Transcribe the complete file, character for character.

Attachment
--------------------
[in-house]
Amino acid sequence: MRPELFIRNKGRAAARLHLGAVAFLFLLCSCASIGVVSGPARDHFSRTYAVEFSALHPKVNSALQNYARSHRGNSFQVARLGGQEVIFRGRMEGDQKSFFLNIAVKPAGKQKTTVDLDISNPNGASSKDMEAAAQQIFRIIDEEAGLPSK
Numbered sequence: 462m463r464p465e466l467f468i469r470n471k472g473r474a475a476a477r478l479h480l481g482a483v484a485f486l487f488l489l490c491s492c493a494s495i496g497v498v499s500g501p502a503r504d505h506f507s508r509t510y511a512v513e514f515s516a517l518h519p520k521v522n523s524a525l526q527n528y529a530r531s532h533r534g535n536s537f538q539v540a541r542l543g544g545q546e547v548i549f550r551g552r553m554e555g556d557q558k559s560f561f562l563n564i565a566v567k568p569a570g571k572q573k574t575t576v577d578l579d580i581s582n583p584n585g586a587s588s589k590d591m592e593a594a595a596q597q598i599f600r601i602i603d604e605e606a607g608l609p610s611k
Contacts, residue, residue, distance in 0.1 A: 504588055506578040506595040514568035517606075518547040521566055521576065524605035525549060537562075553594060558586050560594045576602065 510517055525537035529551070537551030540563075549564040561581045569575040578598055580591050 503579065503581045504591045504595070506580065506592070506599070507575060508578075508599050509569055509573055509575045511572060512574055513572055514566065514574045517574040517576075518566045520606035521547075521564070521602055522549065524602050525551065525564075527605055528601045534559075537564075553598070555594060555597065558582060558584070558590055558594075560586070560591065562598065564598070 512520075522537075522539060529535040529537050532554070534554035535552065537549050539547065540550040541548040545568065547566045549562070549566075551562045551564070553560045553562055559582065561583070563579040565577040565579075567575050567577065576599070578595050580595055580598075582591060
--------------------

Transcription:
[in-house]
Amino acid sequence: MRPELFIRNKGRAAARLHLGAVAFLFLLCSCASIGVVSGPARDHFSRTYAVEFSALHPKVNSALQNYARSHRGNSFQVARLGGQEVIFRGRMEGDQKSFFLNIAVKPAGKQKTTVDLDISNPNGASSKDMEAAAQQIFRIIDEEAGLPSK
Numbered sequence: 462m463r464p465e466l467f468i469r470n471k472g473r474a475a476a477r478l479h480l481g482a483v484a485f486l487f488l489l490c491s492c493a494s495i496g497v498v499s500g501p502a503r504d505h506f507s508r509t510y511a512v513e514f515s516a517l518h519p520k521v522n523s524a525l526q527n528y529a530r531s532h533r534g535n536s537f538q539v540a541r542l543g544g545q546e547v548i549f550r551g552r553m554e555g556d557q558k559s560f561f562l563n564i565a566v567k568p569a570g571k572q573k574t575t576v577d578l579d580i581s582n583p584n585g586a587s588s589k590d591m592e593a594a595a596q597q598i599f600r601i602i603d604e605e606a607g608l609p610s611k
Contacts, residue, residue, distance in 0.1 A: 504588055506578040506595040514568035517606075518547040521566055521576065524605035525549060537562075553594060558586050560594045576602065 510517055525537035529551070537551030540563075549564040561581045569575040578598055580591050 503579065503581045504591045504595070506580065506592070506599070507575060508578075508599050509569055509573055509575045511572060512574055513572055514566065514574045517574040517576075518566045520606035521547075521564070521602055522549065524602050525551065525564075527605055528601045534559075537564075553598070555594060555597065558582060558584070558590055558594075560586070560591065562598065564598070 512520075522537075522539060529535040529537050532554070534554035535552065537549050539547065540550040541548040545568065547566045549562070549566075551562045551564070553560045553562055559582065561583070563579040565577040565579075567575050567577065576599070578595050580595055580598075582591060